With the government freezing the IHT threshold until 2019, Canada Life's Jeremy Pearson looks at the benefits of using multiple trusts for IHT planning…
The first thing to say, and this is a very important aspect to emphasise, is the Rysaffe principle makes no difference whatsoever at the time discretionary trusts are set up.
The potential inheritance tax (IHT) saving arises at the ten-yearly anniversaries of the trusts commencing, when they are assessed for a periodic charge (known as the principle charge).
Rysaffe is actually a Channel Islands-based trust company. It had two clients, both by the name of Utley, who were the principal shareholders in their own private company and used the services of Rysaffe Trustee Company (CI) Ltd.
Remembering… the Rysaffe principle
They set up a series of five identical, but unrelated, trusts which were settled on consecutive days.
When it came to the first ten-yearly anniversary of the trusts, the Inland Revenue (as it was then known) argued there were not five separate trusts but one settlement. This would have meant that the IHT payable would be much greater.
The case eventually went to the Court of Appeal where it was decided that there were actually five separate settlements and that would be the case unless the settlor is the same in each case, and the trusts commenced on the same day.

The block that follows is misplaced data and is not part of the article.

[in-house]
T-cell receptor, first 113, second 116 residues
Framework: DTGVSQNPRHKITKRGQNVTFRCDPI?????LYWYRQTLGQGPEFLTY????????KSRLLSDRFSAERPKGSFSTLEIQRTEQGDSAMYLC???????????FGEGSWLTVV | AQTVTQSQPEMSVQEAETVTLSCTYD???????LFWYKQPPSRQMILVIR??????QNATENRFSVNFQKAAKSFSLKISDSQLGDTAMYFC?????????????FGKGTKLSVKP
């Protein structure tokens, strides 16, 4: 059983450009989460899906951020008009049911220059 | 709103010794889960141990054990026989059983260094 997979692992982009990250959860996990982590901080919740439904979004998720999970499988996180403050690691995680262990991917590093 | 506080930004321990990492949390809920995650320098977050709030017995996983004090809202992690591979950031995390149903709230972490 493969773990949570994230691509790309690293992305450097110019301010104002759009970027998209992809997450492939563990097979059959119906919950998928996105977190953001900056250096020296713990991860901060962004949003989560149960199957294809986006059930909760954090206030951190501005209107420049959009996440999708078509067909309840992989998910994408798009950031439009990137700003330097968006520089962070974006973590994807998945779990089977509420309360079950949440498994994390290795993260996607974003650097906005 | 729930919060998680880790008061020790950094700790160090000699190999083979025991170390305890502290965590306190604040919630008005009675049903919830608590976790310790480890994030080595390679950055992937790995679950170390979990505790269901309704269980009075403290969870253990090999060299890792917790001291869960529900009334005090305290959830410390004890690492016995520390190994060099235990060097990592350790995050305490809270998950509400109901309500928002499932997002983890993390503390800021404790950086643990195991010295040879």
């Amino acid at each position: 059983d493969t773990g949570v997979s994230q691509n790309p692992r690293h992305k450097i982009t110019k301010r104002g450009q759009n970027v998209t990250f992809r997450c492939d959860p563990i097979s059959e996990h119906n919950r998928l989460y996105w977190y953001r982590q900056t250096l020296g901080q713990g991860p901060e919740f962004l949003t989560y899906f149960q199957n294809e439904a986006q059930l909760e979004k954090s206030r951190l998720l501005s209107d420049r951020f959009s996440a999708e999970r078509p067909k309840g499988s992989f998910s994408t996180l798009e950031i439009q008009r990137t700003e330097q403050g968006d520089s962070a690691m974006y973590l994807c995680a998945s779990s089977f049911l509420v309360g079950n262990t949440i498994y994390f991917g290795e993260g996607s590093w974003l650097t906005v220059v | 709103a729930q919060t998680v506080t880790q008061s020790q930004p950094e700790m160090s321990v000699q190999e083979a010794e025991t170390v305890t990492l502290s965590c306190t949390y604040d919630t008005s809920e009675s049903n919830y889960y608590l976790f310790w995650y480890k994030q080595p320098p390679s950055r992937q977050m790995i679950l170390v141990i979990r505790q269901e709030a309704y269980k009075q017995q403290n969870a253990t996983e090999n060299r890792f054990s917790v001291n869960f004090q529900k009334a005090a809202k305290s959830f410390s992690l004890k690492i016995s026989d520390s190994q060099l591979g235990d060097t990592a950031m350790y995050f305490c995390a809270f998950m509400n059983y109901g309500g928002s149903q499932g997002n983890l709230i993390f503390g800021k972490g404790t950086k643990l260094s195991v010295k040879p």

If trusts don’t meet one or both of these requirements, they are separate settlements and the overall periodic charge should be lower.
This is best demonstrated by an example and we will assume that two clients had £200,000 to place in a discretionary trust.
Steven Single just set up one trust, but Danny Double, on the advice of his professional adviser, set up two trusts on consecutive days.
After ten years, both trust funds have doubled in value. There have been no additions to the settlement(s) and no distributions have been made by the trustees.
Let us now look at two examples of calculating the periodic charge.
So overall, Danny’s trustees have sidestepped paying IHT of £4,500. And remember that this situation – with the periodic charge being lower or eliminated altogether – will be repeated every ten years of the trusts’ existence, up to a maximum of 125 years. This will have a beneficial impact on any exit charges as well.
Jeremy Pearson is technical support manager at Canada Life
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